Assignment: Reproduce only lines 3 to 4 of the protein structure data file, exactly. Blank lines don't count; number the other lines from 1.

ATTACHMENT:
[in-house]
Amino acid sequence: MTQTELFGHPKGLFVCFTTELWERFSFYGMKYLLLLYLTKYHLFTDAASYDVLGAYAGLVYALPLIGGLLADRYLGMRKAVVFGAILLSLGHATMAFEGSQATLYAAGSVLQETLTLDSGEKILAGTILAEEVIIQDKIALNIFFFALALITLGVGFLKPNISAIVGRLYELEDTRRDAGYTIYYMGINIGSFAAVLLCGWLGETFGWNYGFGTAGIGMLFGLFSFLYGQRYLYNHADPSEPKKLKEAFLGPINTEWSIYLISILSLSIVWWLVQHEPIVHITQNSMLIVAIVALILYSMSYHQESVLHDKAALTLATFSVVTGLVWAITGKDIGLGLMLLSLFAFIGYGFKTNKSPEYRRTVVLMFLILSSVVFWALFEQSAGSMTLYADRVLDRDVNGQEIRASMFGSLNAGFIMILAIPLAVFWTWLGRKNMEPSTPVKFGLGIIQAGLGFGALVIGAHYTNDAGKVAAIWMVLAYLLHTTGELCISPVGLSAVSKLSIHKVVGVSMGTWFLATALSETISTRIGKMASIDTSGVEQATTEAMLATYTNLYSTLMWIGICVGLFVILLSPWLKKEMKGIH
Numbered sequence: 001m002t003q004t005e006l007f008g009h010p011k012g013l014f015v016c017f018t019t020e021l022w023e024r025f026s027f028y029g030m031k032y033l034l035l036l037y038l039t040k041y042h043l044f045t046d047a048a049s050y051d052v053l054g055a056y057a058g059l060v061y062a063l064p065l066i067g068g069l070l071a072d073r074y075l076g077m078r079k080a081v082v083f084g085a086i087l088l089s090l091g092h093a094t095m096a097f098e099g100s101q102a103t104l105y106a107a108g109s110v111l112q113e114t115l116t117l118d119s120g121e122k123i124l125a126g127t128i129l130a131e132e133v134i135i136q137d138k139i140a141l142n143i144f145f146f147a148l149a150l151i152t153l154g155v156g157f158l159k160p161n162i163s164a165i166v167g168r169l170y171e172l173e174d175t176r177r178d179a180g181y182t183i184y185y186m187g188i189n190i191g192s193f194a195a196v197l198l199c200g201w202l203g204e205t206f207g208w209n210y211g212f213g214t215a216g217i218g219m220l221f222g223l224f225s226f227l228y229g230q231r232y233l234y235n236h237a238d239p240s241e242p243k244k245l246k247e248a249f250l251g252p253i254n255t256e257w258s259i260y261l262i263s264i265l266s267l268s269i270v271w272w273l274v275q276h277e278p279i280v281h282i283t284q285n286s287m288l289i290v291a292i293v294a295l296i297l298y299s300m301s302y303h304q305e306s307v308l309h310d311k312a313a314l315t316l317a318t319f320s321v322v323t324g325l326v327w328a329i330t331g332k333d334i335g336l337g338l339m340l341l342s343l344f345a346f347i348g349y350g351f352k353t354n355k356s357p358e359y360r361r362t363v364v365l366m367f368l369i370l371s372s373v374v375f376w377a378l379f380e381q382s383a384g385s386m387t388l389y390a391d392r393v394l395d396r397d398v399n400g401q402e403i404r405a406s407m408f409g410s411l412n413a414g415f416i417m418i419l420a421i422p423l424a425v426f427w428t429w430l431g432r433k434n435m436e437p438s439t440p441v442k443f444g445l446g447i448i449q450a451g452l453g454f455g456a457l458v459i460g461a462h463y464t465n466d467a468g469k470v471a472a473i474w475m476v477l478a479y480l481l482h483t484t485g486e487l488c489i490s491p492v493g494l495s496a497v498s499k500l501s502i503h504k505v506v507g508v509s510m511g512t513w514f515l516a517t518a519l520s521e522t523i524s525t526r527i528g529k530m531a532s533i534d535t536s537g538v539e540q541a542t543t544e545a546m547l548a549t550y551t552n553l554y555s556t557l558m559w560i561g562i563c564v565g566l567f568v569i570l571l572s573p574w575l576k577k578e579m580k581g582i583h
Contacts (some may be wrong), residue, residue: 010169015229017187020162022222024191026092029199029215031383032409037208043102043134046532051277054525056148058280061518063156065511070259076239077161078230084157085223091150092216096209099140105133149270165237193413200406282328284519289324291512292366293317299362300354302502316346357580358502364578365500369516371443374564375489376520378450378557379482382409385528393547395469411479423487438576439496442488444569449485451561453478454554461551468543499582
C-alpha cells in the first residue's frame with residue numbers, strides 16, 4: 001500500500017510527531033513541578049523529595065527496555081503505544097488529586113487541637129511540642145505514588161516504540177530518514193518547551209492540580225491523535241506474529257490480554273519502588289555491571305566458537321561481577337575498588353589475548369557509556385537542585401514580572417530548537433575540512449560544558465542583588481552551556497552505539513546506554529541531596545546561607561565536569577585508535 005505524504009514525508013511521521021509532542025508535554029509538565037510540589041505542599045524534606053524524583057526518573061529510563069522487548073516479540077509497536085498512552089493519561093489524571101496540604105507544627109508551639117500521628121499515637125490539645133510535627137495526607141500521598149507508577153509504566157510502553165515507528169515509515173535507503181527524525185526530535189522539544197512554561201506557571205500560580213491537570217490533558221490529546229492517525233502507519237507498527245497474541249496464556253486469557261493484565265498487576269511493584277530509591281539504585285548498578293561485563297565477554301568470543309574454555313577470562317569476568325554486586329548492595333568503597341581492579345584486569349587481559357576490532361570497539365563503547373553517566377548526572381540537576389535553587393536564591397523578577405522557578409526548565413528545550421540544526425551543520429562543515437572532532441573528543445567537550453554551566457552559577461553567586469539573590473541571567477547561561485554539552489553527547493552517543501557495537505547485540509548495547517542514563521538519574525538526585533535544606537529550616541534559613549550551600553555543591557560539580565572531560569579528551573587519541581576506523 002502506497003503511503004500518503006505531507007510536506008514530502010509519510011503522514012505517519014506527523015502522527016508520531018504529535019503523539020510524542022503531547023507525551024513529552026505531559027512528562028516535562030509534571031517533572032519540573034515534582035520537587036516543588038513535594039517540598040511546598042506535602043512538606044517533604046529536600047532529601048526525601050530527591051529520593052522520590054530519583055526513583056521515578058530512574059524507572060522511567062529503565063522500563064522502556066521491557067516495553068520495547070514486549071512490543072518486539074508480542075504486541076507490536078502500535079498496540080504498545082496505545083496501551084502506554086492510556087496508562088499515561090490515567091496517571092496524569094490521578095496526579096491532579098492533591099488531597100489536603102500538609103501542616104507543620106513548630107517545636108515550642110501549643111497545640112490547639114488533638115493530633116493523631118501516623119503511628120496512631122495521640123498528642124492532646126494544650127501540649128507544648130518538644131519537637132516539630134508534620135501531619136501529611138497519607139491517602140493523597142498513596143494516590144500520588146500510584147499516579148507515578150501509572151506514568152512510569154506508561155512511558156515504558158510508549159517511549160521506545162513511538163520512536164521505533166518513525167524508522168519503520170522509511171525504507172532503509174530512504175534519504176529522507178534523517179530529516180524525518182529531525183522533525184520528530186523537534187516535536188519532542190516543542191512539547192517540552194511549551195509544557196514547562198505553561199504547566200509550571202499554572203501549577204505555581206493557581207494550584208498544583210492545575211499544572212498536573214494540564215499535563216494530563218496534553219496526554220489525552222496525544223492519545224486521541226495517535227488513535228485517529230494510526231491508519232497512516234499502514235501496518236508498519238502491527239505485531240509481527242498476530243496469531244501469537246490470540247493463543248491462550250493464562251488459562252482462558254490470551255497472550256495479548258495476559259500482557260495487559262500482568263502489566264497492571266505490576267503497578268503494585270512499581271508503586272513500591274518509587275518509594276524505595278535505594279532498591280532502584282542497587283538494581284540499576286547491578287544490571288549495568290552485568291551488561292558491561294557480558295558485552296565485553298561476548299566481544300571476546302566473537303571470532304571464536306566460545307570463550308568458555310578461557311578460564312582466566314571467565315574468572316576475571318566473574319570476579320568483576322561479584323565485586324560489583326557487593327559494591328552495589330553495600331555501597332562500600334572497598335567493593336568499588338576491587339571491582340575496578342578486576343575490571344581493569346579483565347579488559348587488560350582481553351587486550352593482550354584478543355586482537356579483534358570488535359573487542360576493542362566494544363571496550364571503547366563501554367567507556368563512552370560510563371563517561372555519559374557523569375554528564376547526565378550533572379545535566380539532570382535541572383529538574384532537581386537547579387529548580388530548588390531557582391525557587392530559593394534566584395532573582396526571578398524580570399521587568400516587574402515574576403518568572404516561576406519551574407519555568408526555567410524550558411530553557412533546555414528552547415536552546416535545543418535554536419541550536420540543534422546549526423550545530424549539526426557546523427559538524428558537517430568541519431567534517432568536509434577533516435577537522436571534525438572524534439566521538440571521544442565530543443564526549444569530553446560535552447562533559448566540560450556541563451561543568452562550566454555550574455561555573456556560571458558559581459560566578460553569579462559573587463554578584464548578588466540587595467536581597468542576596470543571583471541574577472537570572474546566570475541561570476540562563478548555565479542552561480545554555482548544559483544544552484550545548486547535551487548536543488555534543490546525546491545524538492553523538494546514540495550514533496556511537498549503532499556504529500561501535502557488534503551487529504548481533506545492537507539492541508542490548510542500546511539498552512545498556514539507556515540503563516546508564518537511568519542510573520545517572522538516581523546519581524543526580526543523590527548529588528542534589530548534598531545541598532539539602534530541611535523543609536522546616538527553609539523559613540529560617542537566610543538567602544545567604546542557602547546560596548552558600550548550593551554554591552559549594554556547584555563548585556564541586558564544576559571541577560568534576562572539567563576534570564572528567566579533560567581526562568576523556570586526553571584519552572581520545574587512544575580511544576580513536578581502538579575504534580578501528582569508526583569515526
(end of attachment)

Numbered sequence: 001m002t003q004t005e006l007f008g009h010p011k012g013l014f015v016c017f018t019t020e021l022w023e024r025f026s027f028y029g030m031k032y033l034l035l036l037y038l039t040k041y042h043l044f045t046d047a048a049s050y051d052v053l054g055a056y057a058g059l060v061y062a063l064p065l066i067g068g069l070l071a072d073r074y075l076g077m078r079k080a081v082v083f084g085a086i087l088l089s090l091g092h093a094t095m096a097f098e099g100s101q102a103t104l105y106a107a108g109s110v111l112q113e114t115l116t117l118d119s120g121e122k123i124l125a126g127t128i129l130a131e132e133v134i135i136q137d138k139i140a141l142n143i144f145f146f147a148l149a150l151i152t153l154g155v156g157f158l159k160p161n162i163s164a165i166v167g168r169l170y171e172l173e174d175t176r177r178d179a180g181y182t183i184y185y186m187g188i189n190i191g192s193f194a195a196v197l198l199c200g201w202l203g204e205t206f207g208w209n210y211g212f213g214t215a216g217i218g219m220l221f222g223l224f225s226f227l228y229g230q231r232y233l234y235n236h237a238d239p240s241e242p243k244k245l246k247e248a249f250l251g252p253i254n255t256e257w258s259i260y261l262i263s264i265l266s267l268s269i270v271w272w273l274v275q276h277e278p279i280v281h282i283t284q285n286s287m288l289i290v291a292i293v294a295l296i297l298y299s300m301s302y303h304q305e306s307v308l309h310d311k312a313a314l315t316l317a318t319f320s321v322v323t324g325l326v327w328a329i330t331g332k333d334i335g336l337g338l339m340l341l342s343l344f345a346f347i348g349y350g351f352k353t354n355k356s357p358e359y360r361r362t363v364v365l366m367f368l369i370l371s372s373v374v375f376w377a378l379f380e381q382s383a384g385s386m387t388l389y390a391d392r393v394l395d396r397d398v399n400g401q402e403i404r405a406s407m408f409g410s411l412n413a414g415f416i417m418i419l420a421i422p423l424a425v426f427w428t429w430l431g432r433k434n435m436e437p438s439t440p441v442k443f444g445l446g447i448i449q450a451g452l453g454f455g456a457l458v459i460g461a462h463y464t465n466d467a468g469k470v471a472a473i474w475m476v477l478a479y480l481l482h483t484t485g486e487l488c489i490s491p492v493g494l495s496a497v498s499k500l501s502i503h504k505v506v507g508v509s510m511g512t513w514f515l516a517t518a519l520s521e522t523i524s525t526r527i528g529k530m531a532s533i534d535t536s537g538v539e540q541a542t543t544e545a546m547l548a549t550y551t552n553l554y555s556t557l558m559w560i561g562i563c564v565g566l567f568v569i570l571l572s573p574w575l576k577k578e579m580k581g582i583h
Contacts (some may be wrong), residue, residue: 010169015229017187020162022222024191026092029199029215031383032409037208043102043134046532051277054525056148058280061518063156065511070259076239077161078230084157085223091150092216096209099140105133149270165237193413200406282328284519289324291512292366293317299362300354302502316346357580358502364578365500369516371443374564375489376520378450378557379482382409385528393547395469411479423487438576439496442488444569449485451561453478454554461551468543499582